It will help the paracord stay in place on the handle, as well as make it look like the wrap is built into the tang.
Step 6: Refining Grinds, Sanding
After I finish roughing out the shape with my bench grinder, I move over the belt sanders and clean up everything.
Professional knifemakers generally don't use bench grinders; they do all their grinding on their fancy-shmancy high powered 2x72 belt sanders (you can tell I'm jealous). Then they just switch belts to do the finer sanding.
I don't own a high powered belt grinder. Thus, when I need to take off material quickly, I find it best to use my bench grinder, and move to my underpowered sanders mainly for grinding bevels, finish sanding, and shaping wood for handles.
Not that you couldn't do all do the main grinding on the sanders, but I find it takes much longer. That's just wearing the belts out unnecessarily.
No pictures of it, but I did do a little hand sanding afterward to give it that last little touch up.
Step 7: Grind Edge Bevels
Here's another step that is fairly self explanatory. As before, just be careful to keep the metal cool.
A lot of knife makers use jigs to help them get even grinds. I don't. (Haven't made one yet)
Mainly it just takes patience and a steady hand.
Step 8: Drill Hole Handle (for Handle Wrap)
The traditional japanese knife handle wrap requires the presence of a hole in the bottom of the tang. The japanese inspired wrap I will be doing will require a hole as well.
So I drilled one.
Since we are dealing with hardened steel, keep in mind that it will be very tough to drill through. As of yet I do not own any good metal eating drill bits, so I had to go slow and step up with progressively larger bits until the hole was the size I wanted. I believe it ended up being a quarter inch in diameter.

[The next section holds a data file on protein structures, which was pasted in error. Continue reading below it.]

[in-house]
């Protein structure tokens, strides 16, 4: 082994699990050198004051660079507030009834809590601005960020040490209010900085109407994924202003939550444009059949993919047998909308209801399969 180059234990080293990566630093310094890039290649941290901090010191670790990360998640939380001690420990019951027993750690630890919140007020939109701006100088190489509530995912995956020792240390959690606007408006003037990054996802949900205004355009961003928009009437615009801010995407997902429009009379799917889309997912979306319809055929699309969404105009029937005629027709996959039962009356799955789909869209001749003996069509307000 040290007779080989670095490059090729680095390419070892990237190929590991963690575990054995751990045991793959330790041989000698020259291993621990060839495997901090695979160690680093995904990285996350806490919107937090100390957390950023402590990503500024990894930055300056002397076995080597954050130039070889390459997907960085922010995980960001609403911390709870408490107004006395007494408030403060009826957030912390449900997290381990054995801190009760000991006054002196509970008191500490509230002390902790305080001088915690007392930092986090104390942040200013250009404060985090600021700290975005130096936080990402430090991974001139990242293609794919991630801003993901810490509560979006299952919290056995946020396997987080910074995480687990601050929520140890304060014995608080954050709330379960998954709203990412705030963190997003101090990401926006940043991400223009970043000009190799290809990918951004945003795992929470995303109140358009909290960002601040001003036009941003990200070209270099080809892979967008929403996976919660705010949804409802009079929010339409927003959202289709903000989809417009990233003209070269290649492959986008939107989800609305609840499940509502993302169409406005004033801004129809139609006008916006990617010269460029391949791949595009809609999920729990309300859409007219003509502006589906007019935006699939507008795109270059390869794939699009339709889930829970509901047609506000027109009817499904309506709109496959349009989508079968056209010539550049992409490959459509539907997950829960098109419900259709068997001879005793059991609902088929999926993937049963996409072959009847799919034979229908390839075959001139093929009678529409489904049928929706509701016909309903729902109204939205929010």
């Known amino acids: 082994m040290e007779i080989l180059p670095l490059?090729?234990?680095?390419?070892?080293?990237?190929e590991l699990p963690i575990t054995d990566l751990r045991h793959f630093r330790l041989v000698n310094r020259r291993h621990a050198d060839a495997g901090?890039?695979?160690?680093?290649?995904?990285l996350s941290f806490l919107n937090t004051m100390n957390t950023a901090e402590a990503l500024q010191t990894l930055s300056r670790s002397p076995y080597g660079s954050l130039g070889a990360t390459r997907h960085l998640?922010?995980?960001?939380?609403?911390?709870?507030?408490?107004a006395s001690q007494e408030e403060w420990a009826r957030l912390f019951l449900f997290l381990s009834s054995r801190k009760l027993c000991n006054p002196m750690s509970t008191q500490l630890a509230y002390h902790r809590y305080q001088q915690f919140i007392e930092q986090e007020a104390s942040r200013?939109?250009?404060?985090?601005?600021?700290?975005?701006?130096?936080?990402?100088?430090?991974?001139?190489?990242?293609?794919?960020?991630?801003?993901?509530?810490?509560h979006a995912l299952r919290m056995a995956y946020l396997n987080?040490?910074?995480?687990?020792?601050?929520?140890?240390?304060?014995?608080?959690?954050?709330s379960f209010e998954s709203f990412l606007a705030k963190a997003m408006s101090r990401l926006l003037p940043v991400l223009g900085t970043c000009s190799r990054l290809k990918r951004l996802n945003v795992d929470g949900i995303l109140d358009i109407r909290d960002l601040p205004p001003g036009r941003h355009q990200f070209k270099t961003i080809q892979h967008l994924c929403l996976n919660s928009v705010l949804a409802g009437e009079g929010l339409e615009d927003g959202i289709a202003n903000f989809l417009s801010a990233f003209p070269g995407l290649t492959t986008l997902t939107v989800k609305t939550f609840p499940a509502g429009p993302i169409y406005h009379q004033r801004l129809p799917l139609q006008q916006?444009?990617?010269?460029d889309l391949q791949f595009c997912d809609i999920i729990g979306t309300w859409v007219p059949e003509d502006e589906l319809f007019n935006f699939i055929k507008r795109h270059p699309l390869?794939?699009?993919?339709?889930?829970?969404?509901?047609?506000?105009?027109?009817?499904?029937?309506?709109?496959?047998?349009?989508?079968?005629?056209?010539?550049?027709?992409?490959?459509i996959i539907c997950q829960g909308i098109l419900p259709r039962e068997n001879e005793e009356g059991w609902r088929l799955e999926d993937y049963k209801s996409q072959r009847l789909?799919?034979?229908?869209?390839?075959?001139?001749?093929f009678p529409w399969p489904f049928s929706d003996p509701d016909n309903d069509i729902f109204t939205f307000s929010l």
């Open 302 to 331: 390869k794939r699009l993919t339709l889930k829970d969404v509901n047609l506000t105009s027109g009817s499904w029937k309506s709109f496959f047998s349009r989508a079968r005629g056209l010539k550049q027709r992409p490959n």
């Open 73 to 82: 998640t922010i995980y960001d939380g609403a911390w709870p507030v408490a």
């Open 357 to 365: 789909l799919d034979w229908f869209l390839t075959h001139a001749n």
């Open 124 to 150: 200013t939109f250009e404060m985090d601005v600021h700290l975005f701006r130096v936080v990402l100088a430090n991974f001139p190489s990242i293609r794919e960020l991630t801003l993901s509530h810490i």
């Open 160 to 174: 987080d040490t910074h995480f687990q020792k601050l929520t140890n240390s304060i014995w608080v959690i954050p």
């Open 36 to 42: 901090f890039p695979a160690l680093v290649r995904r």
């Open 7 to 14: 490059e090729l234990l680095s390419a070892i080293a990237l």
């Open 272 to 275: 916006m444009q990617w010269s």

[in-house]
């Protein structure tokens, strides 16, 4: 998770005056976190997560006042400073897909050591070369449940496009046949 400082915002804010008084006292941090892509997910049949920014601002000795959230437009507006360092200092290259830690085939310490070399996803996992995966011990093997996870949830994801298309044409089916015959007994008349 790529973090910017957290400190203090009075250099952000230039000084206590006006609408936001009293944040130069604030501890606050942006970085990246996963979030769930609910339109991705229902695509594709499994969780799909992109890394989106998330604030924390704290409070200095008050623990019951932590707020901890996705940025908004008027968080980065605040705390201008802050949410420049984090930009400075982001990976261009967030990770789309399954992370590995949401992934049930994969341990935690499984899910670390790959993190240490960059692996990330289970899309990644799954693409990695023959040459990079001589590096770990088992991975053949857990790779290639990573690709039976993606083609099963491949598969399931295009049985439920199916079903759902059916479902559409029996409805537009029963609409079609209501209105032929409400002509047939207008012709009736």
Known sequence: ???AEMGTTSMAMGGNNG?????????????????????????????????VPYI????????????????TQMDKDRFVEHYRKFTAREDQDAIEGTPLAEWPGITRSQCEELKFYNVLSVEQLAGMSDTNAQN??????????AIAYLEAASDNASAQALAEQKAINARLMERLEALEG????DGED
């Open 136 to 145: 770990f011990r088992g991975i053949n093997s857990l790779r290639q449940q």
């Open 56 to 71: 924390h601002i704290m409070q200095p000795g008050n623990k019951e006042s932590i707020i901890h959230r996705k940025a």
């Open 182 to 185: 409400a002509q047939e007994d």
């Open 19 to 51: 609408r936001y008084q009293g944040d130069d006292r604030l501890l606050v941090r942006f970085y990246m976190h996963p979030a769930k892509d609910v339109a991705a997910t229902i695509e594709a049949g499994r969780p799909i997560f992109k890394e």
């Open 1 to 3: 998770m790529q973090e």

Tip: If you are feeling really impatient, you could anneal that portion of the tang with a blowtorch. It will then be much softer and easier to drill through.
Step 9: Jimping
Good filework requires more practice than anything else. If you are hoping to get some great tips and techniques for how to file good jimping in this step, well, you're going to be disappointed. I can count the number of knives on which I've done fancy filework on one hand, so I hardly feel that I should be telling you what to do.
The main thing I've learned is to go slow and pay careful attention to spacing. Well done jimping can add that extra bit to set the knife apart, but bad filework sticks out like a sore thumb.
I would also be careful with how aggressive the jimping is. Good jimping fits your hand comfortably, adding just the perfect amount of extra grip. It should NOT bite into your thumb. I can't stand it when jimping gets uncomfortable after a few minutes of use. It completely destroys the purpose.
Step 10: Vinegar Patina
At this point the knife was looking good, but was a bit too shiny. Pretty. Clean looking.
It just wasn't giving me that tactical vibe I was looking for.
So I decided to darken the steel. A few hours in a vinegar bath and we were back in business.
Step 11: Handle Wrap
This handle wrap is about as simple as it gets.
Over, under, over, under. Run through the hole. Tie a knot.
^ that's my explanation. Sorry.
If I were to write more I'd only confuse you. The pictures make it more clear than any amount of description.
If you are still stuck, the video will clear it up.
Step 12: Done!!
Wow, what a simple knife. For only a hour or two of work, I must say that is a very impressive blade. (I am completely unbiased)
So.........do sawzall blades make decent knives? Is the steel hard enough?
In my experience, they are ok. Not amazing. The steel is not quite as hard as your average knife. I'm guessing they HT these things with shock resistance in mind, not edge retention. If you've ever seen a sawzall in action, you know the blades have to hold up under incredible amount of vibration and shock, something a blade hardened for pure edge holding couldn't stand. So the steel is a bit softer than preferable on a knife. Which just means you will have to sharpen it more often.
Is it the knife i'm going to take on that backpacking trip to the Rockies?(which, btw, I am not taking) No. But seriously, you made it in a couple hours out of trash. Still cool in my book.
I am entering this instructable in the Reclaimed Contest, so vote if you want me to get a free t-shirt.